In this latest edition of ‘Spotlight’, which keeps stakeholders up to date on the activities being carried out by the World Anti-Doping Agency (WADA) team and its partners, we look at WADA’s Anti-Doping Administration Management System (ADAMS), and how it is making athletes’ lives easier and the work of the anti-doping community more effective. Previous ‘Spotlight’ features are available on WADA’s website.
For many elite athletes and anti-doping professionals around the world, one of the most regular types of interaction they have with WADA is through ADAMS. Launched in 2005, ADAMS is a secure and cost-free, web-based system that centralizes doping control-related data such as: athlete whereabouts, testing history, laboratory results, the Athlete Biological Passport (ABP), Therapeutic Use Exemptions (TUEs) and Anti-Doping Rule Violations. Available in 24 languages, ADAMS facilitates the sharing of information among relevant organizations and promotes efficiency, transparency and effectiveness in all anti-doping activities.
ADAMS allows data entry and storage, enabling data-sharing and reporting in a highly secure environment and is subject to strict data protection and personal privacy regulations. Under the World Anti-Doping Code, all Anti-Doping Organizations (ADOs) must use ADAMS for specific aspects of their anti-doping program. Among the users are around 3,000 ADO staff from National and Regional Anti-Doping Organizations, International Federations, Major Event Organizations, and delegated third parties, such as the International Testing Agency; roughly 160 personnel from WADA-accredited laboratories; and 150 experts from Athlete Biological Passport Units – all with specific access to the system limited to their needs. But far and away the most numerous of ADAMS’ stakeholders are the 30,000 or so athletes who rely on the system to enable them to update their whereabouts information, review their personal data and generally keep up-to-date on anti-doping matters.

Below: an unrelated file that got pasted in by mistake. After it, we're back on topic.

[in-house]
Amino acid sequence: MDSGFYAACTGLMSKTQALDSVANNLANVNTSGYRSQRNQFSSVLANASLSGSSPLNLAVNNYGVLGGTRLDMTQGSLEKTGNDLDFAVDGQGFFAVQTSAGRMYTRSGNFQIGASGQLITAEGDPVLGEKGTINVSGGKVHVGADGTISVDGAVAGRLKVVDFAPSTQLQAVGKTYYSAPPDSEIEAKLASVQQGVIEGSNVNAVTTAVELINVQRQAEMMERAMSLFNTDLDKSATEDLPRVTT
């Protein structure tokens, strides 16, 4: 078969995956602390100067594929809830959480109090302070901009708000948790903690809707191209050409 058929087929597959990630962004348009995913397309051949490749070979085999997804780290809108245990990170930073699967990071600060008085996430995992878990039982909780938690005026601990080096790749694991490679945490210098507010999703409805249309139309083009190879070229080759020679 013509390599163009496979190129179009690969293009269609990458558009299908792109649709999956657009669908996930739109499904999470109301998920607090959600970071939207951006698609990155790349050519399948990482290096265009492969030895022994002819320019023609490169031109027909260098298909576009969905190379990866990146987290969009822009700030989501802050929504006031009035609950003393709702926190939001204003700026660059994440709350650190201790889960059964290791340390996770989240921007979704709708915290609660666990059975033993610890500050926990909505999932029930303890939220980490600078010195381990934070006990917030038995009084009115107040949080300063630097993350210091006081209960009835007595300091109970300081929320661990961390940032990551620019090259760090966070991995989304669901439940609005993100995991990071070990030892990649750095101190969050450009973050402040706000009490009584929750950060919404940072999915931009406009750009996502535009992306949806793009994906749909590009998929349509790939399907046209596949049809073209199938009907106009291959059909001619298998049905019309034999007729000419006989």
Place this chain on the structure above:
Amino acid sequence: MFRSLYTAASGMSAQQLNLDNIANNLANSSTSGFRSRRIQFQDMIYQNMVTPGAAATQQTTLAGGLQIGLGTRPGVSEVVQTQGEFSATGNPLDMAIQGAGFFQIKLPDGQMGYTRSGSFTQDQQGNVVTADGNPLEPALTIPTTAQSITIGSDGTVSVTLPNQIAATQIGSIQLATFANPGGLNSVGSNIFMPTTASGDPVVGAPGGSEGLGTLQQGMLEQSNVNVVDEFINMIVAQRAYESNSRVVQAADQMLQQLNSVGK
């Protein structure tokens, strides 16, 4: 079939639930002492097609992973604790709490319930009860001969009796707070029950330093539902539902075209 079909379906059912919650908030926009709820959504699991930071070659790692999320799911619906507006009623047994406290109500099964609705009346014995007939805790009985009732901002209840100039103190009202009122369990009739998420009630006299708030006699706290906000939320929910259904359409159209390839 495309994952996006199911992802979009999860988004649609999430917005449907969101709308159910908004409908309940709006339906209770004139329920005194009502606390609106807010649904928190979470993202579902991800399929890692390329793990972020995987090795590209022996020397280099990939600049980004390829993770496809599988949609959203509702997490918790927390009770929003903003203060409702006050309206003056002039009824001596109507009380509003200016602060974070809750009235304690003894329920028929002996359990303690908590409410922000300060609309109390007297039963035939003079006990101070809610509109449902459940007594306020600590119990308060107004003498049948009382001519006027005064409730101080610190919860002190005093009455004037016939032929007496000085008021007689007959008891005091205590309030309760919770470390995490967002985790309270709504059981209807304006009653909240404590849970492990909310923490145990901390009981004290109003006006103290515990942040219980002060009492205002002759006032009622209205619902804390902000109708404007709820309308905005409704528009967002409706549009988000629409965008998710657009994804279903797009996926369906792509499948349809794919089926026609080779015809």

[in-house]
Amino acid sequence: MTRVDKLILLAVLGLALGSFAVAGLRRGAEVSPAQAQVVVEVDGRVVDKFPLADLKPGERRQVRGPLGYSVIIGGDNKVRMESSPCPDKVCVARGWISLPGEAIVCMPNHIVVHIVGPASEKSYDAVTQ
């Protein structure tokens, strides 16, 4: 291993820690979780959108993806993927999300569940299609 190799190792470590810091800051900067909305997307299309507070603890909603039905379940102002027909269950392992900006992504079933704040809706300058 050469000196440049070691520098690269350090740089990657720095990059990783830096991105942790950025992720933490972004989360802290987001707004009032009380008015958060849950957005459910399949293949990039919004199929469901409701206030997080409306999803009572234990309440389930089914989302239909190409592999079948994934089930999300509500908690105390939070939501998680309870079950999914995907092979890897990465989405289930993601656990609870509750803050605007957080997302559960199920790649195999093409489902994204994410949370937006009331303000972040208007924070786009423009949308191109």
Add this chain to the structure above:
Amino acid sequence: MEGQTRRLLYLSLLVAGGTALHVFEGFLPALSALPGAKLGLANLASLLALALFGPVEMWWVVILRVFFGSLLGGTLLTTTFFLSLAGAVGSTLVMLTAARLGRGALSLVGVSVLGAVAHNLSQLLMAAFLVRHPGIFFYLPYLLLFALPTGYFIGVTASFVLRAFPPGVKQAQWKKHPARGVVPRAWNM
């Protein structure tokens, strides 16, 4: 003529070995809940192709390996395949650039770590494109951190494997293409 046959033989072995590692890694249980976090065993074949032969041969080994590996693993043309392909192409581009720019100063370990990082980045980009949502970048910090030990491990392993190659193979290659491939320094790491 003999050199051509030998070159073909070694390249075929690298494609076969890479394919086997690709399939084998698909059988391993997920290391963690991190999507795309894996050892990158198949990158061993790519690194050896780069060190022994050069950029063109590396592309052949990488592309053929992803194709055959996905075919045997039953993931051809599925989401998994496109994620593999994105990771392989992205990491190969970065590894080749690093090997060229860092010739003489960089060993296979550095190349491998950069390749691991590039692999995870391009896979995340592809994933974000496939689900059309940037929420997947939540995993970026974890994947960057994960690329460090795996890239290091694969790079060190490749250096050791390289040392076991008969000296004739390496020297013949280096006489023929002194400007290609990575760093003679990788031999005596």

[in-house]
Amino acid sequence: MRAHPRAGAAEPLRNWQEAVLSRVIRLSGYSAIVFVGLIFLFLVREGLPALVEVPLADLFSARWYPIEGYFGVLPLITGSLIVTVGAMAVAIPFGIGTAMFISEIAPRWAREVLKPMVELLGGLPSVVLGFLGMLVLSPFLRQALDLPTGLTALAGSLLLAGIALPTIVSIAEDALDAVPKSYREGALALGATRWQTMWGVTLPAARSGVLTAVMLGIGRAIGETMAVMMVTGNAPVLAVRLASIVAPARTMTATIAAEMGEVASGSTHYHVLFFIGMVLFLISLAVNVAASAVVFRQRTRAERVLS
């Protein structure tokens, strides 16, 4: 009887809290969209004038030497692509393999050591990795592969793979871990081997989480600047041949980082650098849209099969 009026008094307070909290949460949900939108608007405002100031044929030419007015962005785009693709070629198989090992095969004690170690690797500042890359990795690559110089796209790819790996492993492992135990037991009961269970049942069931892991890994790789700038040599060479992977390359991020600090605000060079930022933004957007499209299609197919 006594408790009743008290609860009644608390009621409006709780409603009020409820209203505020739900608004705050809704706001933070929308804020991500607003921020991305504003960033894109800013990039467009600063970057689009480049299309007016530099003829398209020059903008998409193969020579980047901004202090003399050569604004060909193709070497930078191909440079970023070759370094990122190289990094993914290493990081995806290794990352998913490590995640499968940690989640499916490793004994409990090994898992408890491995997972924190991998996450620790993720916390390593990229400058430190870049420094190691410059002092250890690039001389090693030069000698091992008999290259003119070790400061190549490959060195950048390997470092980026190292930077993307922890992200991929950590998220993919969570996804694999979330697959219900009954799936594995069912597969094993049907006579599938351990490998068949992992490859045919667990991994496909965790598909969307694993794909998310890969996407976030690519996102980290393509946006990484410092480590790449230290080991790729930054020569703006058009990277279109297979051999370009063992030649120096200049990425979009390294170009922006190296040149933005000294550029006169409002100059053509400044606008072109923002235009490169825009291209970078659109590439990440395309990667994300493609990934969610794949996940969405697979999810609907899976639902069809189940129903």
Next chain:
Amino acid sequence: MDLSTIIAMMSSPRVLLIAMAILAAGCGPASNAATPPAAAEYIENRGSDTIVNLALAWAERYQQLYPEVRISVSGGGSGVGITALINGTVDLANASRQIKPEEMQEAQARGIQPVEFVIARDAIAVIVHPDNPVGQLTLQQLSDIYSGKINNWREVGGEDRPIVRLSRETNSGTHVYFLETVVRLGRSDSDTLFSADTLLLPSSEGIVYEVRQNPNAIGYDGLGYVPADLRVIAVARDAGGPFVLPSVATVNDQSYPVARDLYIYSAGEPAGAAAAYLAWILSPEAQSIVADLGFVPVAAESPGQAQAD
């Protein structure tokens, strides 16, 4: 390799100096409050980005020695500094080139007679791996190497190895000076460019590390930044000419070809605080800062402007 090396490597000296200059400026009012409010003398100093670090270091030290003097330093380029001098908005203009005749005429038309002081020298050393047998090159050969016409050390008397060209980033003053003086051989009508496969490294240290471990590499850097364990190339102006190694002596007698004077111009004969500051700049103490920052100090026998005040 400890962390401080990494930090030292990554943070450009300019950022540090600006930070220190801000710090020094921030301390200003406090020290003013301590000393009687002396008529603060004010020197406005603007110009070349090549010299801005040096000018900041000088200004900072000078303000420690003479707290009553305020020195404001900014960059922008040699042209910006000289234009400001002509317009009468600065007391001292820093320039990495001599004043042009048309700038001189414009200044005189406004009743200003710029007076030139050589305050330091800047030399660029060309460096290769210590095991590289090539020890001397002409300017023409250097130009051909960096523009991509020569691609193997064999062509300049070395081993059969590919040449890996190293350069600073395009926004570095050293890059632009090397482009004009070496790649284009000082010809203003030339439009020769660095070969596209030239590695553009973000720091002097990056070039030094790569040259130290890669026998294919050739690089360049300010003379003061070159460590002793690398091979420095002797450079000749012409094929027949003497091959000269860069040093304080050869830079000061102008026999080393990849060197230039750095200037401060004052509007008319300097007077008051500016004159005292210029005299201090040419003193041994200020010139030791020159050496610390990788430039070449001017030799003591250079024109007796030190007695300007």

As with all technology-based systems, ADAMS needs to be constantly reviewed and updated to ensure it remains current. As a result, in 2017, WADA initiated significant upgrades to ADAMS’ underlying infrastructure that laid the foundation for a complete rebuild of ADAMS aimed at optimizing support to the global anti-doping program and better serving athletes and anti-doping stakeholders. Referred to as ‘Next Gen’ ADAMS, the rebuild launched a number of modules over the past two years, which prioritize mobility, enhanced connectivity, reliability, performance and general usability. And, like all ‘Next Gen’ features, the new modules were designed with privacy, information security and transparency for end users as absolute priorities.
1. In November 2019, WADA launched an all-new whereabouts application for athletes, known as ‘Athlete Central’. Available for free download and use from the Apple Store and Google Play, this multi-lingual app features location-based address recommendations and integrated user support. It was designed for athletes – based on extensive consultation that included more than 2,000 athlete submissions – in order to address the challenges they have faced with earlier whereabouts solutions.